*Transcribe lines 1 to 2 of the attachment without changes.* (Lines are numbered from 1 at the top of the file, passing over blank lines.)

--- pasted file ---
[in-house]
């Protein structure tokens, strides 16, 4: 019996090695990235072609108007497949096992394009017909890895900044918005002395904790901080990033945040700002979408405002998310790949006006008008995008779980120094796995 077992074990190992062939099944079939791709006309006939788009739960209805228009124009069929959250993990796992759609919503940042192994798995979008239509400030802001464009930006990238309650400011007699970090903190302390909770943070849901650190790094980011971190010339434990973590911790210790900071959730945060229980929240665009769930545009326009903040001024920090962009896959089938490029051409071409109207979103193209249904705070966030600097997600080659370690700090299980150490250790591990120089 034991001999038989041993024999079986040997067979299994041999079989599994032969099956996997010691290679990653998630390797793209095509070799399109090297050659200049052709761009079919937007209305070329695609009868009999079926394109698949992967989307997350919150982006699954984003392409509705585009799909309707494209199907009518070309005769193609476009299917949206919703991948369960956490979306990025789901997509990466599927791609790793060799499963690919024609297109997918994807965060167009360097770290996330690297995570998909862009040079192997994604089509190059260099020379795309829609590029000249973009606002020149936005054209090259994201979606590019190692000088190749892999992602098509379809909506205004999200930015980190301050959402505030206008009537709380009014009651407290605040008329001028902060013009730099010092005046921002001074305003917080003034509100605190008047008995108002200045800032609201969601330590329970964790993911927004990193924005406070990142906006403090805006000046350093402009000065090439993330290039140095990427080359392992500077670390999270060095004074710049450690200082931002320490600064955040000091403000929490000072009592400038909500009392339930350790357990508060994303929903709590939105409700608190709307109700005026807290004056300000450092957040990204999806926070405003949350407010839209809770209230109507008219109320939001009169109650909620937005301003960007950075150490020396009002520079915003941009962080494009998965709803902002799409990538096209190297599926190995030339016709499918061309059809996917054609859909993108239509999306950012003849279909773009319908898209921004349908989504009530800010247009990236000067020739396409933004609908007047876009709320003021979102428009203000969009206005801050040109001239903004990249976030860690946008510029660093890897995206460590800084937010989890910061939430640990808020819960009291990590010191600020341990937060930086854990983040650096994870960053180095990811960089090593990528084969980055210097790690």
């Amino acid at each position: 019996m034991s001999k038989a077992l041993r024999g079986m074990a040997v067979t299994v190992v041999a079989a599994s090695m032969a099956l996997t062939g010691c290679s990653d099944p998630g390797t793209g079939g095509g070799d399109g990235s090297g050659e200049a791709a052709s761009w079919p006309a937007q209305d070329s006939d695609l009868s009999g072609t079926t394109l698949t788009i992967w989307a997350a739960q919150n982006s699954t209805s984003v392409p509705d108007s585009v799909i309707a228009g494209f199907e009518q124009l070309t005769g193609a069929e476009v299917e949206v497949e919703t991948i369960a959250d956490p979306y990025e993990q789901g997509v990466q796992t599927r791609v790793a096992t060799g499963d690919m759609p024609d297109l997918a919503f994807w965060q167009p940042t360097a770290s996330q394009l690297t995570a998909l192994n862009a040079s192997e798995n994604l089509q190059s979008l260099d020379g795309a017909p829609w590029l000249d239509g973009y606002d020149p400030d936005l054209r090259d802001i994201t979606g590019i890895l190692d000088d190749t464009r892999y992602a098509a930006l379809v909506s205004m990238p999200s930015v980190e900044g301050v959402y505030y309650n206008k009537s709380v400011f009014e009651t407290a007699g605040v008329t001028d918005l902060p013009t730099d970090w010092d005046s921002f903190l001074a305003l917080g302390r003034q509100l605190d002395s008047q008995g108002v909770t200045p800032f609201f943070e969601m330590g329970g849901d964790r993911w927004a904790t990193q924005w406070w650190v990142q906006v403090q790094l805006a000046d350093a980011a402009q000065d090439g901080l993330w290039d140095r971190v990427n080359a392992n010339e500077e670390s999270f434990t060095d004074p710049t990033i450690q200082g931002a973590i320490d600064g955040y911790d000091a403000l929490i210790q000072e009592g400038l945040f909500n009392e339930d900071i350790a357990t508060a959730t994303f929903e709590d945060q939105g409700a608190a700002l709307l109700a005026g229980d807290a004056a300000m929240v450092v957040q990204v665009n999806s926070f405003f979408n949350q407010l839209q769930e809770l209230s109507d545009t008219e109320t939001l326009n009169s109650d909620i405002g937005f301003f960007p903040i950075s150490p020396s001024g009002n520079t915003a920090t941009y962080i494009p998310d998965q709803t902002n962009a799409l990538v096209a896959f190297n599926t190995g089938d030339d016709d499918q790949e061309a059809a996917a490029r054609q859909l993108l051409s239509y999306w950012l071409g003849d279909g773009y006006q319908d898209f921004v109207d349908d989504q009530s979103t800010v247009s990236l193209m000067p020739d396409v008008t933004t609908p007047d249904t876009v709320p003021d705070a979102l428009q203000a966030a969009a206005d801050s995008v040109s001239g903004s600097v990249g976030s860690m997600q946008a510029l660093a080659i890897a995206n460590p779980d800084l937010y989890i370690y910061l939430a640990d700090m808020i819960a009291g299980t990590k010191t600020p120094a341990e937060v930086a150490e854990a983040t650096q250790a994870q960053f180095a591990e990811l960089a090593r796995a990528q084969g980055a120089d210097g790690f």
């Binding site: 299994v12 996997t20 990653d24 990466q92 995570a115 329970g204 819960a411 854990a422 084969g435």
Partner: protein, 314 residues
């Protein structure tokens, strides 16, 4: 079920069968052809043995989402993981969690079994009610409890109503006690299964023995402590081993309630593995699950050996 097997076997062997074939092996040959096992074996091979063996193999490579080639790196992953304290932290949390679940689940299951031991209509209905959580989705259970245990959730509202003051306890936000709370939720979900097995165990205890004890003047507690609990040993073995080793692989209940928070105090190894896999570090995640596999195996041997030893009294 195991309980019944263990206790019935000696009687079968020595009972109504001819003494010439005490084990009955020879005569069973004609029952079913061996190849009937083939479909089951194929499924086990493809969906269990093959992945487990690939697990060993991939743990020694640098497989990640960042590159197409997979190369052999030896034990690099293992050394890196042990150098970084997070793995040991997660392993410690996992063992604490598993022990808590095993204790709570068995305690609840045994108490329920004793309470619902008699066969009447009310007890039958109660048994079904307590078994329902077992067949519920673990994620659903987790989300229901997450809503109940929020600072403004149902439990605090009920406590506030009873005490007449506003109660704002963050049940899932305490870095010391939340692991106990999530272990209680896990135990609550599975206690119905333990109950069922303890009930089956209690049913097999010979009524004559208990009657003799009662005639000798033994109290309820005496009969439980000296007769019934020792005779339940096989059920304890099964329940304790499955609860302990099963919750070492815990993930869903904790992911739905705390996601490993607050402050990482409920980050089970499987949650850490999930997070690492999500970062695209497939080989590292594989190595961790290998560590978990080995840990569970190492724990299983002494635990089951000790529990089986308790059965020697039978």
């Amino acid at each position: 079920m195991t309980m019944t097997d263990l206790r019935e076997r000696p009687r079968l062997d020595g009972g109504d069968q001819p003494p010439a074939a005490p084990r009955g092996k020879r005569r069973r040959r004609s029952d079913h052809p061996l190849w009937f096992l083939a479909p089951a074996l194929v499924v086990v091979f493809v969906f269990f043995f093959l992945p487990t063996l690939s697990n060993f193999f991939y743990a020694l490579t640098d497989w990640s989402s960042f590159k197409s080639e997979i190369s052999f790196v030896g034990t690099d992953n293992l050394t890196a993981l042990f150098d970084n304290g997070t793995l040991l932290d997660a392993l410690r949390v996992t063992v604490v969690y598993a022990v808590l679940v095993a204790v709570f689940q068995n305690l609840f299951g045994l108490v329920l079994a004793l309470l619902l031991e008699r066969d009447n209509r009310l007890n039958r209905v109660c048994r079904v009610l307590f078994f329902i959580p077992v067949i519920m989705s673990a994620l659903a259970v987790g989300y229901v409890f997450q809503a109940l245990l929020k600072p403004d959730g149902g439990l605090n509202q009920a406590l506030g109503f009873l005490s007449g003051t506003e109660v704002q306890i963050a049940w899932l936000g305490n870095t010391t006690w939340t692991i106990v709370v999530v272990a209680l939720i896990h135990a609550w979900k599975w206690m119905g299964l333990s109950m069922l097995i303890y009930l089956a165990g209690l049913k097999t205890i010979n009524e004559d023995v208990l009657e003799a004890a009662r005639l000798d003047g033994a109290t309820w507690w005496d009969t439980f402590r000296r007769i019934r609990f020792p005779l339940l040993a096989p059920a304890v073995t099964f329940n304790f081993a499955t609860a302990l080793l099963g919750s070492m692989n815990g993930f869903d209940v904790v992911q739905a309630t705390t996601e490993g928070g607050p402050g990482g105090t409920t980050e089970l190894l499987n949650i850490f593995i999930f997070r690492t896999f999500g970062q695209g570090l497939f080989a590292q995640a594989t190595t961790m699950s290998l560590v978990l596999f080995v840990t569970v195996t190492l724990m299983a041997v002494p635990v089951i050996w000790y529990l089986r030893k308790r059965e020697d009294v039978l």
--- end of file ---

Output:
[in-house]
């Protein structure tokens, strides 16, 4: 019996090695990235072609108007497949096992394009017909890895900044918005002395904790901080990033945040700002979408405002998310790949006006008008995008779980120094796995 077992074990190992062939099944079939791709006309006939788009739960209805228009124009069929959250993990796992759609919503940042192994798995979008239509400030802001464009930006990238309650400011007699970090903190302390909770943070849901650190790094980011971190010339434990973590911790210790900071959730945060229980929240665009769930545009326009903040001024920090962009896959089938490029051409071409109207979103193209249904705070966030600097997600080659370690700090299980150490250790591990120089 034991001999038989041993024999079986040997067979299994041999079989599994032969099956996997010691290679990653998630390797793209095509070799399109090297050659200049052709761009079919937007209305070329695609009868009999079926394109698949992967989307997350919150982006699954984003392409509705585009799909309707494209199907009518070309005769193609476009299917949206919703991948369960956490979306990025789901997509990466599927791609790793060799499963690919024609297109997918994807965060167009360097770290996330690297995570998909862009040079192997994604089509190059260099020379795309829609590029000249973009606002020149936005054209090259994201979606590019190692000088190749892999992602098509379809909506205004999200930015980190301050959402505030206008009537709380009014009651407290605040008329001028902060013009730099010092005046921002001074305003917080003034509100605190008047008995108002200045800032609201969601330590329970964790993911927004990193924005406070990142906006403090805006000046350093402009000065090439993330290039140095990427080359392992500077670390999270060095004074710049450690200082931002320490600064955040000091403000929490000072009592400038909500009392339930350790357990508060994303929903709590939105409700608190709307109700005026807290004056300000450092957040990204999806926070405003949350407010839209809770209230109507008219109320939001009169109650909620937005301003960007950075150490020396009002520079915003941009962080494009998965709803902002799409990538096209190297599926190995030339016709499918061309059809996917054609859909993108239509999306950012003849279909773009319908898209921004349908989504009530800010247009990236000067020739396409933004609908007047876009709320003021979102428009203000969009206005801050040109001239903004990249976030860690946008510029660093890897995206460590800084937010989890910061939430640990808020819960009291990590010191600020341990937060930086854990983040650096994870960053180095990811960089090593990528084969980055210097790690």